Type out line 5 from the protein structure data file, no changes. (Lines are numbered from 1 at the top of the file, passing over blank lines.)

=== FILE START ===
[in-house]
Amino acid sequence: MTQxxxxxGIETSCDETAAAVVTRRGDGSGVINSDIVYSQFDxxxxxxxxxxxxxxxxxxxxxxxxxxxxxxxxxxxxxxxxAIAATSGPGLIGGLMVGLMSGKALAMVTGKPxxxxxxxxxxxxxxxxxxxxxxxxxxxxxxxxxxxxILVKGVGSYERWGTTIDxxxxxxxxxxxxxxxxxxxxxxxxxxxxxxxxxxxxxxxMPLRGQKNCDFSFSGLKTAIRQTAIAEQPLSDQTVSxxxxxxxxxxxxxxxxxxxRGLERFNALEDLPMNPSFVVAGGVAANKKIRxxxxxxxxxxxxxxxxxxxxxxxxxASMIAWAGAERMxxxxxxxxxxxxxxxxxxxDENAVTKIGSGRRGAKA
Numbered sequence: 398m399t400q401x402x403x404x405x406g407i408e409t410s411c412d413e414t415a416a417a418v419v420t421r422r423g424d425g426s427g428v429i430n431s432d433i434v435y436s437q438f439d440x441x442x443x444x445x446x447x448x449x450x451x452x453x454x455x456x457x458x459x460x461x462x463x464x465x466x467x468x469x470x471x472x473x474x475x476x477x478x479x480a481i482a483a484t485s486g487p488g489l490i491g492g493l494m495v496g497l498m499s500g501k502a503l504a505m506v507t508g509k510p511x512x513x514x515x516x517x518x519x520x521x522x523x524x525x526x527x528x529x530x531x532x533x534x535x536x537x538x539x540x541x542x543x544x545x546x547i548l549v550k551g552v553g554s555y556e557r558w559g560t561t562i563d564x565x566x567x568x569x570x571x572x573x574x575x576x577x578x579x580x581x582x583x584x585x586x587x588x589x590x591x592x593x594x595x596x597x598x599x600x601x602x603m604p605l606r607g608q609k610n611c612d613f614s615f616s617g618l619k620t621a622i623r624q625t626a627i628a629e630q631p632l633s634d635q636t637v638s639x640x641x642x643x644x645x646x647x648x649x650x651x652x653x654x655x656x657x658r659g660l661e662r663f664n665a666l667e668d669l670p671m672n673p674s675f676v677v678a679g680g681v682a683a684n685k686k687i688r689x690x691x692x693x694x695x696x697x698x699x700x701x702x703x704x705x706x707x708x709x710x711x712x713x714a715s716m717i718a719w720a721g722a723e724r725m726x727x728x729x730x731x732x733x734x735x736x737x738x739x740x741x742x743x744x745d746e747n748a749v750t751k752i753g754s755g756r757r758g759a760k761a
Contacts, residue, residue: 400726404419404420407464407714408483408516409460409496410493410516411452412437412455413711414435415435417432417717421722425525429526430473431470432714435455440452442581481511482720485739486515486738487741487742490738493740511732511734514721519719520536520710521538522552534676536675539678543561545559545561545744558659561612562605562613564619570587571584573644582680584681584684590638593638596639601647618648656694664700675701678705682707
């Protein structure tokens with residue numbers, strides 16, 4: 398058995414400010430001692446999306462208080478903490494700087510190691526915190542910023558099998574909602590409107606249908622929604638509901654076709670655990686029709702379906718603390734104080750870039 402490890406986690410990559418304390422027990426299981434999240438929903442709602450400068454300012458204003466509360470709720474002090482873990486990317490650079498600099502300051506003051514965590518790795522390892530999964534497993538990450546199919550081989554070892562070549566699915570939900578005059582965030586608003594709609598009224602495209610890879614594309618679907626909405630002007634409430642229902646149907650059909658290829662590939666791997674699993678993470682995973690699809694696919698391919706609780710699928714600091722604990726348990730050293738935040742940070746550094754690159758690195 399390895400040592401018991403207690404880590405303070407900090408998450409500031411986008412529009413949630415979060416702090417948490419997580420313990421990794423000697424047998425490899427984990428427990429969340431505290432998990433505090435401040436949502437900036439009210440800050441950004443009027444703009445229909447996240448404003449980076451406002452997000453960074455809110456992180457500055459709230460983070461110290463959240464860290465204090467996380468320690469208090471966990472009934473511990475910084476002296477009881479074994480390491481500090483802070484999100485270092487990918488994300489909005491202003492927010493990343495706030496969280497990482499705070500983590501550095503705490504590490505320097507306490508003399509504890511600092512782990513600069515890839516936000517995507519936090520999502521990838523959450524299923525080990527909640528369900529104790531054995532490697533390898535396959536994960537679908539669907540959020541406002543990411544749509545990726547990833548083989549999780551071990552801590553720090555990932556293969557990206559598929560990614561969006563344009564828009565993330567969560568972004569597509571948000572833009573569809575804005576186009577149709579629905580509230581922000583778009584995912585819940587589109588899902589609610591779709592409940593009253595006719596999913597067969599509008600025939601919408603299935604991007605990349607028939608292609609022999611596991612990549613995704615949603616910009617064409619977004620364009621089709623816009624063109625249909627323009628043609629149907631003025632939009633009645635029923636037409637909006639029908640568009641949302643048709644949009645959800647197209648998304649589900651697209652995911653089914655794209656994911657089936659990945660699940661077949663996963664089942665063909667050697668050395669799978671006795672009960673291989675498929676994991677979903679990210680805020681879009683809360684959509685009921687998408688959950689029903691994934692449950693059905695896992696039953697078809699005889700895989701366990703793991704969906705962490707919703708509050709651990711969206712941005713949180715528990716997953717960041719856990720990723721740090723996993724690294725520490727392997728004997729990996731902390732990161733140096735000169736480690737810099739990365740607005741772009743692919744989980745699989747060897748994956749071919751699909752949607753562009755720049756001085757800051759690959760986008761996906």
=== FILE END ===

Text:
């Protein structure tokens with residue numbers, strides 16, 4: 398058995414400010430001692446999306462208080478903490494700087510190691526915190542910023558099998574909602590409107606249908622929604638509901654076709670655990686029709702379906718603390734104080750870039 402490890406986690410990559418304390422027990426299981434999240438929903442709602450400068454300012458204003466509360470709720474002090482873990486990317490650079498600099502300051506003051514965590518790795522390892530999964534497993538990450546199919550081989554070892562070549566699915570939900578005059582965030586608003594709609598009224602495209610890879614594309618679907626909405630002007634409430642229902646149907650059909658290829662590939666791997674699993678993470682995973690699809694696919698391919706609780710699928714600091722604990726348990730050293738935040742940070746550094754690159758690195 399390895400040592401018991403207690404880590405303070407900090408998450409500031411986008412529009413949630415979060416702090417948490419997580420313990421990794423000697424047998425490899427984990428427990429969340431505290432998990433505090435401040436949502437900036439009210440800050441950004443009027444703009445229909447996240448404003449980076451406002452997000453960074455809110456992180457500055459709230460983070461110290463959240464860290465204090467996380468320690469208090471966990472009934473511990475910084476002296477009881479074994480390491481500090483802070484999100485270092487990918488994300489909005491202003492927010493990343495706030496969280497990482499705070500983590501550095503705490504590490505320097507306490508003399509504890511600092512782990513600069515890839516936000517995507519936090520999502521990838523959450524299923525080990527909640528369900529104790531054995532490697533390898535396959536994960537679908539669907540959020541406002543990411544749509545990726547990833548083989549999780551071990552801590553720090555990932556293969557990206559598929560990614561969006563344009564828009565993330567969560568972004569597509571948000572833009573569809575804005576186009577149709579629905580509230581922000583778009584995912585819940587589109588899902589609610591779709592409940593009253595006719596999913597067969599509008600025939601919408603299935604991007605990349607028939608292609609022999611596991612990549613995704615949603616910009617064409619977004620364009621089709623816009624063109625249909627323009628043609629149907631003025632939009633009645635029923636037409637909006639029908640568009641949302643048709644949009645959800647197209648998304649589900651697209652995911653089914655794209656994911657089936659990945660699940661077949663996963664089942665063909667050697668050395669799978671006795672009960673291989675498929676994991677979903679990210680805020681879009683809360684959509685009921687998408688959950689029903691994934692449950693059905695896992696039953697078809699005889700895989701366990703793991704969906705962490707919703708509050709651990711969206712941005713949180715528990716997953717960041719856990720990723721740090723996993724690294725520490727392997728004997729990996731902390732990161733140096735000169736480690737810099739990365740607005741772009743692919744989980745699989747060897748994956749071919751699909752949607753562009755720049756001085757800051759690959760986008761996906």